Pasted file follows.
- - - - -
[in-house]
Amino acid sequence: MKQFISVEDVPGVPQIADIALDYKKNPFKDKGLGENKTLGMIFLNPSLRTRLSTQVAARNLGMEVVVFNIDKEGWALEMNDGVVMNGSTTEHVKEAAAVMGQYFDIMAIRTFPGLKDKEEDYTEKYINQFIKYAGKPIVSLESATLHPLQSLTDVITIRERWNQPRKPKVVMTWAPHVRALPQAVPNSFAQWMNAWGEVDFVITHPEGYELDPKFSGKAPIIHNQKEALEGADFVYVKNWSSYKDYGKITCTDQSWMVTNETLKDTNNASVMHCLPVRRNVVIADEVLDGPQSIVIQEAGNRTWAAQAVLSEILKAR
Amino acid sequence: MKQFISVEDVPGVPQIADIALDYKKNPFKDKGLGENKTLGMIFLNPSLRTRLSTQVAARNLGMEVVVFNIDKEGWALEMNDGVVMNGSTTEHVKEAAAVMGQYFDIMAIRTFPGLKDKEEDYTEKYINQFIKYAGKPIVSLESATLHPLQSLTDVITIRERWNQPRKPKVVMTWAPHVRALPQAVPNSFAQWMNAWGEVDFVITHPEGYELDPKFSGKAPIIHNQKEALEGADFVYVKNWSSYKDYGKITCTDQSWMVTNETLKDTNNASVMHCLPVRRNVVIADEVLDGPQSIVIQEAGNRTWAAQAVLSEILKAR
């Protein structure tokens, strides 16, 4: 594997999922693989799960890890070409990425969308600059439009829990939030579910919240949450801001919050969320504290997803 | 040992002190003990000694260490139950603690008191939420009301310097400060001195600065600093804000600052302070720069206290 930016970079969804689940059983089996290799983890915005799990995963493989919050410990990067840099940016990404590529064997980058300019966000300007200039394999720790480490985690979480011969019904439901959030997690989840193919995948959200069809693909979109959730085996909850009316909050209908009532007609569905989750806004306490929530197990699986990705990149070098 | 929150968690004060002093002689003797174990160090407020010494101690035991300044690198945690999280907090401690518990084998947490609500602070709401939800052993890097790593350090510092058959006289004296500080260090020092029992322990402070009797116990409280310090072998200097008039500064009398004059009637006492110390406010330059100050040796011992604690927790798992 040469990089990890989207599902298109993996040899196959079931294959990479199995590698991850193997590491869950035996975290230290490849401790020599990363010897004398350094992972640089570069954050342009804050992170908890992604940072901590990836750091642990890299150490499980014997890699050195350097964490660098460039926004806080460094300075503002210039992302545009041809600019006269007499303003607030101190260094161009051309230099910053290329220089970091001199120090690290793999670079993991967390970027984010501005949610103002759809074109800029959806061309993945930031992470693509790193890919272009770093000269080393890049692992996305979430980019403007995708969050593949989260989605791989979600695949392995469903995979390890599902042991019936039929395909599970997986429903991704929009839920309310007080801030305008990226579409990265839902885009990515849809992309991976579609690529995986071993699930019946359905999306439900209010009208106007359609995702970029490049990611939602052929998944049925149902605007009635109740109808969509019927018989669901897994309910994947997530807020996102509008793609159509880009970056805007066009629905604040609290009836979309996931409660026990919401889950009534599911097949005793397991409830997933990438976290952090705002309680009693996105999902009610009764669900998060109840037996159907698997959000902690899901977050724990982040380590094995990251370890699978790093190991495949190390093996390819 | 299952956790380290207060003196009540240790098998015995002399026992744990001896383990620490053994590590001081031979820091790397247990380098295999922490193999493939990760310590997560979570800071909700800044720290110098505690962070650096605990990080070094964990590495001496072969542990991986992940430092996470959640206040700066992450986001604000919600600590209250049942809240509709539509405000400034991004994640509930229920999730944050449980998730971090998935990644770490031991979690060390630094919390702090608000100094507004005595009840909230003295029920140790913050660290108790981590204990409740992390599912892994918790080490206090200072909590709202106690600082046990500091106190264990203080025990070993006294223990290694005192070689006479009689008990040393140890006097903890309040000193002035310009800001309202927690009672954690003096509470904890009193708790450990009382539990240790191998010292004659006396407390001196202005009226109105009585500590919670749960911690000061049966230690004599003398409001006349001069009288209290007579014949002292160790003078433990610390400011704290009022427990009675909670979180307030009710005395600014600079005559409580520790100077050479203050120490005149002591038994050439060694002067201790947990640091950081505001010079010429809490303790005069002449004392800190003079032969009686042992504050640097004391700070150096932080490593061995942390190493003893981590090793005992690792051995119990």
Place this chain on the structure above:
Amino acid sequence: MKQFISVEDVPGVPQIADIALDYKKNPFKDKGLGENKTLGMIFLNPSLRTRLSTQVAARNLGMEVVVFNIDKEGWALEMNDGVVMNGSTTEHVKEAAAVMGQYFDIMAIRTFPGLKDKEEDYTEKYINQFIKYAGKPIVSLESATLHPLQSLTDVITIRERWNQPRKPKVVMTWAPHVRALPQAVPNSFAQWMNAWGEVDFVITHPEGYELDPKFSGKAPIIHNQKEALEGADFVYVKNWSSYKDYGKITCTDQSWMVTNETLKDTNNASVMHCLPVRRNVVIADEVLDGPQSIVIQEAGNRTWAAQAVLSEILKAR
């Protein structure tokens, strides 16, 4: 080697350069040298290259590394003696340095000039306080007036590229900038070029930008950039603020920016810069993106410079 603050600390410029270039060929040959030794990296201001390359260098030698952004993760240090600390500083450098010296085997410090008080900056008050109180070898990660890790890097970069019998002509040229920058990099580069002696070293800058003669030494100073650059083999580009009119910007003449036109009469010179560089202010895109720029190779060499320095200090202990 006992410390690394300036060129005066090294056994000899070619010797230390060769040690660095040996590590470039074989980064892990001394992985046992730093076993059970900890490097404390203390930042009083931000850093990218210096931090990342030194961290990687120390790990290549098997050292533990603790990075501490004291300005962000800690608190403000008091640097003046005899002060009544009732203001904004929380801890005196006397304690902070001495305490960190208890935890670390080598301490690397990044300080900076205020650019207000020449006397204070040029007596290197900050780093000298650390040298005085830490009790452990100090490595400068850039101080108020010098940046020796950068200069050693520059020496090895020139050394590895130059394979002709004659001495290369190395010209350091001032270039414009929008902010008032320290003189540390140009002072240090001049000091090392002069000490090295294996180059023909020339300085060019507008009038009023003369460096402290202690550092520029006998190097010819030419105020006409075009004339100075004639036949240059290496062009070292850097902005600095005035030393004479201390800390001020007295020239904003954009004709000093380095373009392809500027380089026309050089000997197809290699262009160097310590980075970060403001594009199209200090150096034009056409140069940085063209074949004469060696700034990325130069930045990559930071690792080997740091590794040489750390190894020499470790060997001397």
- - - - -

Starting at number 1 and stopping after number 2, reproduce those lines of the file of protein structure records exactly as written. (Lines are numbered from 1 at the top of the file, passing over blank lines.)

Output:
[in-house]
Amino acid sequence: MKQFISVEDVPGVPQIADIALDYKKNPFKDKGLGENKTLGMIFLNPSLRTRLSTQVAARNLGMEVVVFNIDKEGWALEMNDGVVMNGSTTEHVKEAAAVMGQYFDIMAIRTFPGLKDKEEDYTEKYINQFIKYAGKPIVSLESATLHPLQSLTDVITIRERWNQPRKPKVVMTWAPHVRALPQAVPNSFAQWMNAWGEVDFVITHPEGYELDPKFSGKAPIIHNQKEALEGADFVYVKNWSSYKDYGKITCTDQSWMVTNETLKDTNNASVMHCLPVRRNVVIADEVLDGPQSIVIQEAGNRTWAAQAVLSEILKAR